Wednesday 22 May 2013

Costly mistake

You remember the leakage of contaminated water from storage pools back in April estimated to be 120 tonnes and 7.1 billion bq. of radioactive material? The plastic wall of the pools did indeed split but once Tepco got round to digging holes and actually measuring the amount of leakage, the figure turns out to be a mere 20 litres! The fault seems to have been in mistaken settings for the instruments used to measure water levels in the pools. Within days a decision was taken not to use the seven pools and they're all being emptied. What a palaver. Tepco has apologised yet again for the anxiety caused. 'Shinpai o kakete moshiwake nai'. Quite.

And then there was the furore over safety at the Monju fast breeder reactor in Fukui. The head of JAEA (Japan Atomic Energy Agency) resigned over the matter but only the day before the PM had told the Diet that the nuclear fuel cycle policy (making MOX fuel for fast reactors) would continue. The Monju plant is a white elephant. It costs a fortune to maintain and has only produced one hour of electricity since its first testing 20 years ago. The problem is that Japan has 40 tons of weapons grade plutonium that need to be used up, as fuel in this reactor. France and the United Kingdom reprocess nuclear fuel to make MOX fuel. America doesn't because of non-proliferation considerations. Japan was given special permission, which was not granted to Korea. So this is a political problem, not an economic one.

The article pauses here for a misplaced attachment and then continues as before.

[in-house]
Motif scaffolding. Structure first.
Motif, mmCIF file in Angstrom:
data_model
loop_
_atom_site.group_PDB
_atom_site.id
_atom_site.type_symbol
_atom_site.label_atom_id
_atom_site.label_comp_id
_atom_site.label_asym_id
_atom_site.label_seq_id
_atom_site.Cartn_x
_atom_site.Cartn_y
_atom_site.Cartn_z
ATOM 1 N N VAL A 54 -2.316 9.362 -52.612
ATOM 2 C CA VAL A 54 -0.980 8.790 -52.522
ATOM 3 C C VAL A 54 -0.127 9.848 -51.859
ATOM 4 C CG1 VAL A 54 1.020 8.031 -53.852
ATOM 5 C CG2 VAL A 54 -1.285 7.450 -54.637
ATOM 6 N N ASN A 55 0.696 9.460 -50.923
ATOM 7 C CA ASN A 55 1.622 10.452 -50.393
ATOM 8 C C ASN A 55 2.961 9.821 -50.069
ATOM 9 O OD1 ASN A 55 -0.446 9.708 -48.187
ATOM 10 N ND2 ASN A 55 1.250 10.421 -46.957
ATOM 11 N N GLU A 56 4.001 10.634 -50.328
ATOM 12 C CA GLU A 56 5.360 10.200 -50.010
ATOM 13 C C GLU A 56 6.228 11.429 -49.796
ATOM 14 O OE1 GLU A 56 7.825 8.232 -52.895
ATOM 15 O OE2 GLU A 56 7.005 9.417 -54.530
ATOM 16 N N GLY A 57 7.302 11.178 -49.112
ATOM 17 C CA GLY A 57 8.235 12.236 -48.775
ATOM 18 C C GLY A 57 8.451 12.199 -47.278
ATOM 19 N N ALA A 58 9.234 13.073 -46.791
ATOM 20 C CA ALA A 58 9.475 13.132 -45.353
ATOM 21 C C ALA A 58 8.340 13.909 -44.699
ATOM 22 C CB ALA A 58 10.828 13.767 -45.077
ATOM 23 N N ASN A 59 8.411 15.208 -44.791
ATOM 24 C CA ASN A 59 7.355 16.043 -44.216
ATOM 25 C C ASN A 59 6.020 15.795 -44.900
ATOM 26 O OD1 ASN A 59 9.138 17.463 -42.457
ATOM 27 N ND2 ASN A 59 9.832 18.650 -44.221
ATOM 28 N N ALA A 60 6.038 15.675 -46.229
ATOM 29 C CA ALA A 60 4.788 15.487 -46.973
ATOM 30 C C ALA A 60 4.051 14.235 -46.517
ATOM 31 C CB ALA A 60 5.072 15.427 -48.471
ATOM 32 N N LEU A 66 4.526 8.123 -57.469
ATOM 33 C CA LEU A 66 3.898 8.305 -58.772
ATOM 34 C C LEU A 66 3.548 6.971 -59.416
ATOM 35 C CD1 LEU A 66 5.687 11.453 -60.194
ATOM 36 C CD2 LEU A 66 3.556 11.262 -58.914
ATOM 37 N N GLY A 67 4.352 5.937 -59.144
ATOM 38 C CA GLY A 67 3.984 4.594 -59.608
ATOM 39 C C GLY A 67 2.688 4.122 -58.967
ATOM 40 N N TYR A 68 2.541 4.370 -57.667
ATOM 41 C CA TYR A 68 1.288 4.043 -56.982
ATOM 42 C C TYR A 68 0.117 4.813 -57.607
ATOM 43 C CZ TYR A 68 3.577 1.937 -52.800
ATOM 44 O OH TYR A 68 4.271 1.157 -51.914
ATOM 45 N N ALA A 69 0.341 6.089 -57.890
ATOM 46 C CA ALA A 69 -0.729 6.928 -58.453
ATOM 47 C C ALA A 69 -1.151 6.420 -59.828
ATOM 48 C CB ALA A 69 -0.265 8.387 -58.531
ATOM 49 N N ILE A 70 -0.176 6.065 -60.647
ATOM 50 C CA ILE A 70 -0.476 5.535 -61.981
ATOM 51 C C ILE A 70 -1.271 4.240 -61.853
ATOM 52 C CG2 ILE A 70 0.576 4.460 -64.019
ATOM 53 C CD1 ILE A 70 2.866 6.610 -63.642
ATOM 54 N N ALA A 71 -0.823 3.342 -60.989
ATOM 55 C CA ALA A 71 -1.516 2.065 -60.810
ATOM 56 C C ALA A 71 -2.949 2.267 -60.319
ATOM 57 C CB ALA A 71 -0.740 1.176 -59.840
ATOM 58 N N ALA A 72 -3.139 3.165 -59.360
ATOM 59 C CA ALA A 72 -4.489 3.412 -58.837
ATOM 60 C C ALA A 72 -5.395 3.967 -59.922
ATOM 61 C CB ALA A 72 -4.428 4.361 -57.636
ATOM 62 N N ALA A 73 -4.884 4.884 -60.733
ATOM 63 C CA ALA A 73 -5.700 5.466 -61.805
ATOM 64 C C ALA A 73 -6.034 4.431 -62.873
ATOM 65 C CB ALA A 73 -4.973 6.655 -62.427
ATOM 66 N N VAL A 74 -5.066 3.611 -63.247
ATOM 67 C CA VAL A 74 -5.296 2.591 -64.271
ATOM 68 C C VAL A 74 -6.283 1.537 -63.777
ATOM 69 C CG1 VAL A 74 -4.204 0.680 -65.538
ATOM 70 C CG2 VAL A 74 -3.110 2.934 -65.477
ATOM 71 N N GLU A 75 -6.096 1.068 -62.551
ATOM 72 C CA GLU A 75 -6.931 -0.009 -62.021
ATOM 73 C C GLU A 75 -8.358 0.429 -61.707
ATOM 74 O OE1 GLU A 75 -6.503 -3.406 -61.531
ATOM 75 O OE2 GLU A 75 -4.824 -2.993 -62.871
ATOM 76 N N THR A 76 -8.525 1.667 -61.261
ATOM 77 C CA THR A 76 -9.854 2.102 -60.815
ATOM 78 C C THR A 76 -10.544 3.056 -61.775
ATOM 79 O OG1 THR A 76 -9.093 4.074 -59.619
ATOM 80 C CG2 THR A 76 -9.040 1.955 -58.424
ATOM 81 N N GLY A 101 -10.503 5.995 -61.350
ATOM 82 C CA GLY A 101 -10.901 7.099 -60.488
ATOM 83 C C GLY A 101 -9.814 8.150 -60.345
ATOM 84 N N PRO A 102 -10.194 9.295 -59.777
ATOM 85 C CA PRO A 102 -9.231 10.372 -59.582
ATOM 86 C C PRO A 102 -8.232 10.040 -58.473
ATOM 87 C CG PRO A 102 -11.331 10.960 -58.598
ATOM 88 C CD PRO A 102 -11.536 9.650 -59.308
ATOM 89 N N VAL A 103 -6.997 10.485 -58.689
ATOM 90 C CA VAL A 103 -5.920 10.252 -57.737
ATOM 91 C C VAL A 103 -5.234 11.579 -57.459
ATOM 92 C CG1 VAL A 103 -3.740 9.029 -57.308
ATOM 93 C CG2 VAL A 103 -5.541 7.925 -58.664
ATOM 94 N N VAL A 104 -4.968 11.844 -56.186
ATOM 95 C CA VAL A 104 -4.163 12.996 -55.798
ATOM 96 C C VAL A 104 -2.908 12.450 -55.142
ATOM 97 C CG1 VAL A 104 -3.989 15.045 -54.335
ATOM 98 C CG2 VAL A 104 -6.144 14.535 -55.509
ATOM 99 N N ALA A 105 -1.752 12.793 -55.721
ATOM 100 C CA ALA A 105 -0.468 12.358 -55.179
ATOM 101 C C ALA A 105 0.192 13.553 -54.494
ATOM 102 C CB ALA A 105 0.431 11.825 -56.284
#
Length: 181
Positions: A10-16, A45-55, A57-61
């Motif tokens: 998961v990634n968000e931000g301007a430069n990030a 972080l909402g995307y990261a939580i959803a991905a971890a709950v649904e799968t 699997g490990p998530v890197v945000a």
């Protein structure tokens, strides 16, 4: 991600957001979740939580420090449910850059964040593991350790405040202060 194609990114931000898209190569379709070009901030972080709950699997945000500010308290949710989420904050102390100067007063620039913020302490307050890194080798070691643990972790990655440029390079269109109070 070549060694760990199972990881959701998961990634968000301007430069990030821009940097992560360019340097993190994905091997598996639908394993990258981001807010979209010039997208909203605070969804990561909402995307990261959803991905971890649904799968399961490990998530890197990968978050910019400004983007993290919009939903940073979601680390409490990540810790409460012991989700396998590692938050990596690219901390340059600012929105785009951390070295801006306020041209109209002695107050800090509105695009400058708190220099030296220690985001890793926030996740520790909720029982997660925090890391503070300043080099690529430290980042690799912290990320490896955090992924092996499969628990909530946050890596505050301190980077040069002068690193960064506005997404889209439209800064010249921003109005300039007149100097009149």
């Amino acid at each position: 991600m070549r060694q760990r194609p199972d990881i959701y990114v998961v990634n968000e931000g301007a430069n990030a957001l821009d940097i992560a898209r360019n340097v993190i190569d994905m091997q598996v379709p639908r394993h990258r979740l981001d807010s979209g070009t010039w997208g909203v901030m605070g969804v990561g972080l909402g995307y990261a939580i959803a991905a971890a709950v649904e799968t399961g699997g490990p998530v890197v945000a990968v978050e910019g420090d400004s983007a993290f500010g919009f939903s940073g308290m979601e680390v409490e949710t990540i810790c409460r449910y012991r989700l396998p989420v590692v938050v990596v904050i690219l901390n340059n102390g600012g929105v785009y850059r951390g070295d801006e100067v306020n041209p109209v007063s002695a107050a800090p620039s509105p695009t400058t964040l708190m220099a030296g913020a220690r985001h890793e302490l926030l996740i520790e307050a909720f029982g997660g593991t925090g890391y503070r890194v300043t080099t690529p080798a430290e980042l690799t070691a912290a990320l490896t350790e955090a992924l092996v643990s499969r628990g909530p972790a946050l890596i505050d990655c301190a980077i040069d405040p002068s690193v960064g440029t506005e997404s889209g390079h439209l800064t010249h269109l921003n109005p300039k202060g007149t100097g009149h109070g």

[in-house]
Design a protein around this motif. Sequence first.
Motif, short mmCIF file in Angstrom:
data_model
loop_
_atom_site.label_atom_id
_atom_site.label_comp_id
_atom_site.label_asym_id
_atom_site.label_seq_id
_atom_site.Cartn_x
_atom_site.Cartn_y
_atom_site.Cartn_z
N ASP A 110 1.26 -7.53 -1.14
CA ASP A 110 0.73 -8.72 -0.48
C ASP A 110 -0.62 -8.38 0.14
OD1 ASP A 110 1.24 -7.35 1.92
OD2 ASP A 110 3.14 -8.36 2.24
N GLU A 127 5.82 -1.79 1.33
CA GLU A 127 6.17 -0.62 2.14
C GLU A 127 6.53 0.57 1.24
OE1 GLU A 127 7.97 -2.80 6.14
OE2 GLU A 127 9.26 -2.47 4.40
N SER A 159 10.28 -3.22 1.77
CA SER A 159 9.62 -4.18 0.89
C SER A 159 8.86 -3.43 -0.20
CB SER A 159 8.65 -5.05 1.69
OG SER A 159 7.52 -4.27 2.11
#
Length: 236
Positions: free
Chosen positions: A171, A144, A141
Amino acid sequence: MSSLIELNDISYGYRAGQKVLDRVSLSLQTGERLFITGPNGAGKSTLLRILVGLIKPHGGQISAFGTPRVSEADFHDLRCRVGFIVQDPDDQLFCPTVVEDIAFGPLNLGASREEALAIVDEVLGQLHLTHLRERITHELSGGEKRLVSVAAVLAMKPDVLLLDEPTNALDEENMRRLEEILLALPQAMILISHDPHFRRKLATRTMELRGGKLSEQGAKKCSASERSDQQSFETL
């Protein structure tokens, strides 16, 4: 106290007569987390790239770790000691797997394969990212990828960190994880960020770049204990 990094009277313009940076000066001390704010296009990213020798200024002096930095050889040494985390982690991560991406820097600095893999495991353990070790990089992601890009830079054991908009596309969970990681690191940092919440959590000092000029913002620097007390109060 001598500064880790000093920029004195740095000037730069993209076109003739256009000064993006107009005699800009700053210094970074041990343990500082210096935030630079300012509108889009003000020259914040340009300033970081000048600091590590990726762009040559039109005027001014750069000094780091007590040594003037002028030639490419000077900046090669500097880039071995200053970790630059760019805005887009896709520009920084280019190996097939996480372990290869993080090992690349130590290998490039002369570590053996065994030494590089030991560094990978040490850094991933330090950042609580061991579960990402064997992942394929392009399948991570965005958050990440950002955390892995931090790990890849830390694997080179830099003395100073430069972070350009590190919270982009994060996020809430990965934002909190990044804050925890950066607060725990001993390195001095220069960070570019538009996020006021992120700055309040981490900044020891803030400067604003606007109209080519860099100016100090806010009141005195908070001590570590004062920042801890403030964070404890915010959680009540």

Nearer home, for those of you who know Koriyama, demolition work has begun on the Marui building in front of the station which has been vacant since 1994. Buildings aren't blasted to bits with dynamite in this country. It's a very tidy process. (Even more incredible is the gradual taking apart of the Akasaka Prince Hotel in Tokyo you can see featured on the BBC website under the headline 'Japan's Incredible Shrinking Building'). Round here the building is covered in sheeting and the building dismantled inside. Then one day the sheeting comes down revealing a headturningly empty space. There's a lot of pedestrian traffic on three sides of the Marui building and I feel a bit nervous passing so close but no one else seems to bother. The owners plan a new building of shops aimed at young people.

I'm off to Osaka tomorrow for a meeting and staying on for the weekend. Highs of 28'C forecast. So nothing from me till next week.
Stay well

1 comment:

  1. Interesting. We were wondering just the other day what the plans were for that building. It doesn't do much for consumer confidence to have a building like that unused by the station.